Higher Education Minister Blade Nzimande has expressed shock and anger at the murder of a Walter Sisulu University final year medical student who was a recipient of funding via the government’s National Skills Fund.
Lwando Mantshontsho, who died on Friday after being stabbed during a late-night attack by other students, was recruited in Grade 12 from the poverty-stricken region of Lusikisi in the Eastern Cape in 2011, said the minister. He was among 100 learners selected for the Minister’s Nelson Mandela day programme, which was initiated in honour of the former president’s call for 67 minutes of community service.
At an embargoed media briefing ahead of his budget speech in Parliament on Tuesday afternoon, Nzimande told the media he was saddened at the tragic news of the student’s death.
Nzimande said that reports indicated that Mantshontsho had died after students “turned on each other” after a night of heavy drinking and partying – following the closure of the university’s Mthatha campus. Earlier, students had embarked on violent demonstrations related to enrolments, he said.
“My heartfelt condolences go to Lwando’s family, friends and all who knew him and interacted with him at the university. It is doubly tragic that the student was just about to complete his medical studies,” he said.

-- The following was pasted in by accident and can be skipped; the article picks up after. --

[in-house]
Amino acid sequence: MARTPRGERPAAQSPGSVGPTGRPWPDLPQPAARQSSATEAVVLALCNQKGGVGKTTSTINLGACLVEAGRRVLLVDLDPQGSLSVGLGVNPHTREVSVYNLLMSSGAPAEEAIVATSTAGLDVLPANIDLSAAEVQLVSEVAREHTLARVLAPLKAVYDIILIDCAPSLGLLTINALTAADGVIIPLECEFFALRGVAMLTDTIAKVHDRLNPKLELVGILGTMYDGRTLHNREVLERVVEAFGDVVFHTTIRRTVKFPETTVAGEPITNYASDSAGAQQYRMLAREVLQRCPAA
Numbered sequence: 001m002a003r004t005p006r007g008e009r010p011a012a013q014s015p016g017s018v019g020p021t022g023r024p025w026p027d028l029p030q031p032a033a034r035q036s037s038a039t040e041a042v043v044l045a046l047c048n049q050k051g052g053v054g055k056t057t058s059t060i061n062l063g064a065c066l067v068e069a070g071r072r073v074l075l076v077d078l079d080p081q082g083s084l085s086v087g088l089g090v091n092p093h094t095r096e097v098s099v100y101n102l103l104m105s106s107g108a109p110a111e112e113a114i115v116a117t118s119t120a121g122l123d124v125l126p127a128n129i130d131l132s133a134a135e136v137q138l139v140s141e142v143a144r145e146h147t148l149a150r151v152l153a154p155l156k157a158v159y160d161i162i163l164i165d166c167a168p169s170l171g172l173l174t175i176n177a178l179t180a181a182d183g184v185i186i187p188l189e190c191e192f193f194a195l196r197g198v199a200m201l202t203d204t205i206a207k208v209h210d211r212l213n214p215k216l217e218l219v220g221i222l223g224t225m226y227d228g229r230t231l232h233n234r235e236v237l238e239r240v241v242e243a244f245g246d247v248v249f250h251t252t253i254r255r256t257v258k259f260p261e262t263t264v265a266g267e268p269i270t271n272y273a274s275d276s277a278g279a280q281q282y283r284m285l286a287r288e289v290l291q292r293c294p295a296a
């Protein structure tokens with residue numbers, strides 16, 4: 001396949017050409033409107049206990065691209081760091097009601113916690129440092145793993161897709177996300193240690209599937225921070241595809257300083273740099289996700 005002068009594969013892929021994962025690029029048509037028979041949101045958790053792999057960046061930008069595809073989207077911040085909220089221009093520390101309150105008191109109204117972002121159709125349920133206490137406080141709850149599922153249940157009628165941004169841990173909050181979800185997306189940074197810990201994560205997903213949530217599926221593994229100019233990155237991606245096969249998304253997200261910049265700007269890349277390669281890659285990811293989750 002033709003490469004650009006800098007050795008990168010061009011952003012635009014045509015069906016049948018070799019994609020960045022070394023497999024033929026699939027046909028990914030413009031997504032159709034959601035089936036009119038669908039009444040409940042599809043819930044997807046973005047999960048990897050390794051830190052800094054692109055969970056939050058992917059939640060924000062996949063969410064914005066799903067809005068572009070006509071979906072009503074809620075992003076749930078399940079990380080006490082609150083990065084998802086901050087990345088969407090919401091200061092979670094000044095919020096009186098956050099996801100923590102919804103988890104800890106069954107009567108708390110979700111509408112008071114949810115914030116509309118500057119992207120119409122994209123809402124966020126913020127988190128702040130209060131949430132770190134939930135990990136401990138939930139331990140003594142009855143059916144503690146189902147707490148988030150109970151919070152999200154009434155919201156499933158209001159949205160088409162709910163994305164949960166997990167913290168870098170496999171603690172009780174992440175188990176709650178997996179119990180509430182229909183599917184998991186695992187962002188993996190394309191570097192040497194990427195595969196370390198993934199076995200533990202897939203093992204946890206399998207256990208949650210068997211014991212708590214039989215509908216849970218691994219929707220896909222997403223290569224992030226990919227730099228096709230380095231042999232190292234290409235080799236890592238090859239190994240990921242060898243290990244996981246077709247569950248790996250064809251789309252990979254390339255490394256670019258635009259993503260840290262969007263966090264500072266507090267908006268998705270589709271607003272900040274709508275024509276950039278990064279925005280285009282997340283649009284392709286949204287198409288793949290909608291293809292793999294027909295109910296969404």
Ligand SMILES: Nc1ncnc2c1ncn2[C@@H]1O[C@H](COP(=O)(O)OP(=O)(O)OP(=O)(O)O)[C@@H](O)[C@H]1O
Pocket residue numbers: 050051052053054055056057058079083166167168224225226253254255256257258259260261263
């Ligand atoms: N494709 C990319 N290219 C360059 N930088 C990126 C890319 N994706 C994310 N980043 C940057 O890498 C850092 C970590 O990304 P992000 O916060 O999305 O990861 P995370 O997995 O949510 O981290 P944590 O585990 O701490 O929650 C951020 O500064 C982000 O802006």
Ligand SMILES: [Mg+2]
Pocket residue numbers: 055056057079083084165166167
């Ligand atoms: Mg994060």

“The circumstances surrounding the death also leave us with a sense of shock and anger, and I call on all our higher education communities, including students, to always act with discipline and care – respecting the law and the sanctity of human life all the time,” Nzimande said.
There have been a number of violent incidents on the Eastern Cape campus in recent years. In the latest attack, which led to Mantshontsho’s death, five students appeared in court facing charges of murder‚ assault with intent to do grievous bodily harm and malicious damage to property.
Presenting his budget speech later, Nzimande said that the National Skills Fund had provided support altogether to about 15 000 students each year in scare and critical skills.
Despite the “cynicism” of his critics, he described the National Student Financial Aid Scheme (NSFAS) as “one of the most significant success stories in the history of a democratic South Africa”.
Since 2013, more than two million students had been funded by NSFAS. In 2017, a total of 194 353 university students have been supported, of which 78 413 are first-time time entrants and 115 940 returning students. Similarly 123 332 TVET colleges students have already received support this year.
Nzimande noted that despite the turbulence of the higher education system over the last 18 months, 2017 had been relatively stable.
One of the biggest challenges remained the need to provide financial resources in order to build a vibrant TVET college sector, he said.
He was eagerly awaiting the report of the presidential commission of inquiry into higher education and training that is looking into the feasibility of fee-free education and training for the poor and working class.
At the briefing, he said the report was due next month.